KABUL – Afghanistan’s former president lashed out at both the United States and Pakistan on Wednesday, accusing them of using the Afghan war to further their own interests and calling on Washington to sanction Pakistani military and intelligence officials.
In an interview with The Associated Press, Hamid Karzai said his country is in “terrible shape,” 16 years after the U.S.-led invasion that toppled the Taliban. Karzai became president shortly after the fall of the Taliban and held office until 2014.
In recent weeks, Kabul has been battered by a wave of attacks claimed alternately by the Taliban and a rival Islamic State affiliate, which killed scores of people and brutally exposed the U.S.-backed government’s failure to secure the capital.
“The U.S. cannot tell us ‘well if I am not here, you will be worse off.’ We are in a terrible shape right now. . . . We want to be better. We want to have peace. We want to have security,” Karzai said.
There are now as many as 16,000 U.S. forces in Afghanistan, and a special training unit is scheduled to deploy early this year. After the U.S. and NATO forces formally concluded their combat mission at the end of 2014 and shifted to a training role, the Taliban stepped up their attacks and an affiliate of the Islamic State group emerged in Afghanistan.
That same year, Karzai’s second and final term in office ended.
By then, his relationship with the United States deteriorated to the extent that he refused to sign a bilateral security agreement with Washington, leaving it to his successor, Ashraf Ghani to do so.
Today, Afghanistan’s National Unity Government, paralyzed by bickering and feuding, shares power between Ghani and his Chief Executive Abdullah Abdullah. The power-sharing deal was brokered by then-U.S. Secretary of State John Kerry.
Karzai called it an American creation and said it “undermined Afghan democracy and the Afghan constitution.”
In the early years of Karzai’s administration, which was harshly criticized as corrupt, oversight of the war was non-existent and commanders allied to the U.S.-led coalition often steered their American partners toward attacks against their own enemies in an effort to settle old scores, rather than build their nation.
In the interview, Karzai did not hide his frustration. He believes Washington wants to establish permanent bases in Afghanistan solely to project power in the region, while Pakistan wants to turn Afghanistan into a client state.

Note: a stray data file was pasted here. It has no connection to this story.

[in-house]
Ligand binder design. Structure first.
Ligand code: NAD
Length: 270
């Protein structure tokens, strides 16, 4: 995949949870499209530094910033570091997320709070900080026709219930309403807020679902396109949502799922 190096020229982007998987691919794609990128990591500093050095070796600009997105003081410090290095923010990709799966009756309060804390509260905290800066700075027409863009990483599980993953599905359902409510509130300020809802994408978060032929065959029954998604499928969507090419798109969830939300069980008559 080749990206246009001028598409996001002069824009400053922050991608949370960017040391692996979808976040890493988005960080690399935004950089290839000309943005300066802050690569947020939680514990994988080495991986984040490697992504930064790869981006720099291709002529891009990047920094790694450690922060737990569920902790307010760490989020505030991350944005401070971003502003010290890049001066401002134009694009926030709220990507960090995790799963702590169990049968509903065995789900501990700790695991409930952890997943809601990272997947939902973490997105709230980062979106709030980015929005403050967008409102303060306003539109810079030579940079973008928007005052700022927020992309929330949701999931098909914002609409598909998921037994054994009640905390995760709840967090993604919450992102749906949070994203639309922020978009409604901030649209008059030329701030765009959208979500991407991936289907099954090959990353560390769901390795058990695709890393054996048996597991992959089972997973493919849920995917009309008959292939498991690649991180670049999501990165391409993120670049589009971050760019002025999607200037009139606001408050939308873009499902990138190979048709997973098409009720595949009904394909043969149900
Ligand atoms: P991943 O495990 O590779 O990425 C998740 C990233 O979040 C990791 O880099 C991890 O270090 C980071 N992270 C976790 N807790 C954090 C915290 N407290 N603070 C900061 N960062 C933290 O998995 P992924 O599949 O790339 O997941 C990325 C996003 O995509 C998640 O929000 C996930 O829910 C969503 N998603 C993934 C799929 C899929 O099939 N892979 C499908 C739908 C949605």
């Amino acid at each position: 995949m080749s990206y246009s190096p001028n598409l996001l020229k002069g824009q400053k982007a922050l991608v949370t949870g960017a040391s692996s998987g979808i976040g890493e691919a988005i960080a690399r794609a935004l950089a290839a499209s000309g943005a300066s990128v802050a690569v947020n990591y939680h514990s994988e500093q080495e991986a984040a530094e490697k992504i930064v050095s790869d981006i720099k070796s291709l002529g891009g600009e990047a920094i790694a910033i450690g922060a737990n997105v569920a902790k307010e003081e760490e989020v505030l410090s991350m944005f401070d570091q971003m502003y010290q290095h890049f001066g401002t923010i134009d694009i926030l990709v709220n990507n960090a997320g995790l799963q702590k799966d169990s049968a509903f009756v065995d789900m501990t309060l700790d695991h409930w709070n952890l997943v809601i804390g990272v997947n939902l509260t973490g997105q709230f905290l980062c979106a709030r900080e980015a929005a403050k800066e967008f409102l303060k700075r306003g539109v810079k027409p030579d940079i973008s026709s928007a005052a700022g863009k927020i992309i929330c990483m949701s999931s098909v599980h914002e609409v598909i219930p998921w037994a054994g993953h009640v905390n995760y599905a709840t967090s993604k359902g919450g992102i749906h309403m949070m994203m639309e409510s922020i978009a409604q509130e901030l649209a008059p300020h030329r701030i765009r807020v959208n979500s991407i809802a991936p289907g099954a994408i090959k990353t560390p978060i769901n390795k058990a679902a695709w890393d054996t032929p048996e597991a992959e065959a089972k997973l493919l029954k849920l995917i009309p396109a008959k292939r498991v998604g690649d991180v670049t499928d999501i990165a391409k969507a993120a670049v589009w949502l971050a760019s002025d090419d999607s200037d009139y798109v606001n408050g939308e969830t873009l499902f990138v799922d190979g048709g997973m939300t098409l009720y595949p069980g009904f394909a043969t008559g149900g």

He said U.S. forces are not in Afghanistan “to stop extremism.”
“In my view, their intention is to keep us divided and weak so they can carry on their objectives in this region,” Karzai said. “They have their global politics and rivalries. They have China as a great rising power. They have Russia as a revitalized, re-energized great power on the world scene and they feel threatened and challenged.”
Echoing complaints from Afghanistan’s current government, Karzai also accused neighbouring Pakistan of harbouring Taliban militants. He called on the United States to sanction Pakistani military and intelligence officials.
“We hope the U.S. will now act in Pakistan,” he said but added that “doesn’t mean that the Pakistan people should be hurt or that war should be launched in Pakistan.”
President Donald Trump has ramped up pressure on Pakistan since the start of the year, suspending up to $2 billion in military aid to Islamabad after accusing it of failing to crack down on militants who launch cross-border attacks on U.S. and Afghan forces.
Pakistan denies such allegations, blaming the violence on the Kabul government’s failure to secure the country.
Karzai’s interview with the AP came a day after U.S. lawmakers questioned the direction of America’s longest war. At a hearing on Tuesday, the Senate Foreign Relations Committee noted that Washington is spending roughly $45 billion a year in Afghanistan, with the vast majority of the funds going to security. Just $780 million goes toward economic aid.
As Afghanistan’s war lingers on, public opinion, which has always been critical of Pakistan, has increasingly turned against the United States, the presence of foreigners in the country, and the Kabul government, which is perceived as corrupt and incompetent.
In Kabul’s Kot-e-Sangi neighbourhood on the western edge of the city day labourers gather by the hundreds at dawn in the subzero temperatures, hoping for work.
Mohammed Daoud comes every day for the 300 Afghanis — roughly $4 — that he sometimes earns. Deteriorating security in the Afghan capital has meant less work and he blames both the government and also the U.S.-led coalition.
“The government looks after only itself and what are the foreign soldiers doing? Nothing,” he said.
Karzai said Afghans have to retake their country.
“We must implement our constitution and we must do all we can as a people to restore ourselves to the ownership of this country, which we don’t have right now,” he said. “Right now it is the U.S. policy that owns it.”